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The Theatre: Faust Legend Retold
'Banquet for the Moon' Opens at the Marquee

IT is a brave writer who undertakes a modern treatment of the Faust legend. In "A Banquet for the Moon," which opened last night at the Theatre Marquee, John Cromwell throws off scattered diabolical sparks. But in the end it is clear that he has overmatched himself. The start is promising. An aged nuclear scientist, embittered by the uses to which his knowledge has been put, wonders whether he should go on. His only companion is Taki, a blinded young Japanese, victim of the achievements of science. When the old man murmurs a wish to recapture his youth, Mr. Beel appears. Mr. Beel is a lively invention. Agent of Lucifer, his manner is brisk and his speech glib. He chatters cheerfully like a drummer who has his sales talk down pat. His line, of course, is too superficial for a wise old party like the scientist. Mr. Beel is dismissed, to return later in various guises and to prattle his platitudes. The scientist evidently is worthy of a more mettlesome envoy. One appears and identifies himself only as M. The very model of a modern Mephistopheles, M wears a crew cut and a sharp sports jacket. His pitch is sententious. He is meant to be full of brightly sardonic sayings, but it would take writing genius to sustain this conception on the brilliant plane it should inhabit. Mr. Cromwell hits upon occasional witty notions, Speaking of a party to which guests are to come as the people they hate most, M remarks evilly that he will impersonate St. Francis. On the other hand, M can be pretentiously vapid in striving for cleverness. Example: he speaks of the "triumph of ertia over inertia." The scientist's resumption of his youthful figure is managed amusingly, He appears in white underwear and two of M's lackeys dress him in Ivy League style. Thereafter, M guides his charge through various experiences-the party at which he meets Margaret, an unabashed schizophrenic; the passionate rendezvous with her, with a TV camera spying on their embrace; the church, soldiering, statesmanship, the old home town. But Mr. Cromwell's invention runs thinner and dryer as the evening progresses. He achieves only diffused comments on contemporary phenomena, mostly superficial. One finally wearies of the relentless attempts to be pithy and witty. Jean Shepherd, who used to speak on the radio for the night people, is' a smooth, sinuous M. Jack Betts is effective as the scientist. Lee Firestone as Margaret and Paul B. Price as Mr. Beel are agreeable performers. Nola Chilton's staging, like Warwick Brown's set, is ingenious. An actor himself, Mr. Cromwell has invoked the flexibility of the theatre of fantasy. But his fancy has not equaled his ambition. Instead of magic and poetry "A Banquet for the Moon" arrives at empty after-dinner dialogues.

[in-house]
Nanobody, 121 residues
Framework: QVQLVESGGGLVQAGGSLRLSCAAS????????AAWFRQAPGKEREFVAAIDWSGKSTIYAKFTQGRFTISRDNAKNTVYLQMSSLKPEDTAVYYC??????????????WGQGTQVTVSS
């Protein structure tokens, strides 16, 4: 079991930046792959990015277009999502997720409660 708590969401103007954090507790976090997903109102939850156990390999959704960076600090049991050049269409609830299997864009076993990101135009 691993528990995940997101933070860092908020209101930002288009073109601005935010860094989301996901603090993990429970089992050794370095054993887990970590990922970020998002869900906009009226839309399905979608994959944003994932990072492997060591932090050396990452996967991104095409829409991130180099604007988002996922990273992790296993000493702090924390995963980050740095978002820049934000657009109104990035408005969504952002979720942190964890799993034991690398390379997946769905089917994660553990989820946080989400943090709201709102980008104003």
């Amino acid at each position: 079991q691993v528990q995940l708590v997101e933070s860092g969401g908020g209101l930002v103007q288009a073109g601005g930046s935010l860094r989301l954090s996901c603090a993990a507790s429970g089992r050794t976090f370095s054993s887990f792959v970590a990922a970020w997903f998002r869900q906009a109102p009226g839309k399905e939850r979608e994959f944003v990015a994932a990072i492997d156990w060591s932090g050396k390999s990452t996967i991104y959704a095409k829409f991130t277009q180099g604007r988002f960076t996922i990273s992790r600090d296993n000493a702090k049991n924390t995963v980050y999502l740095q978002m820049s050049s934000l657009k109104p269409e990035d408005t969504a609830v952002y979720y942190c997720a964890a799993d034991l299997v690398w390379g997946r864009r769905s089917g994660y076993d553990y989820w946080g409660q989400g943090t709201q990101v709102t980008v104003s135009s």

Copyright: 2006 The New York Times

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January 20,1961
Article

    
4220 (19610120A)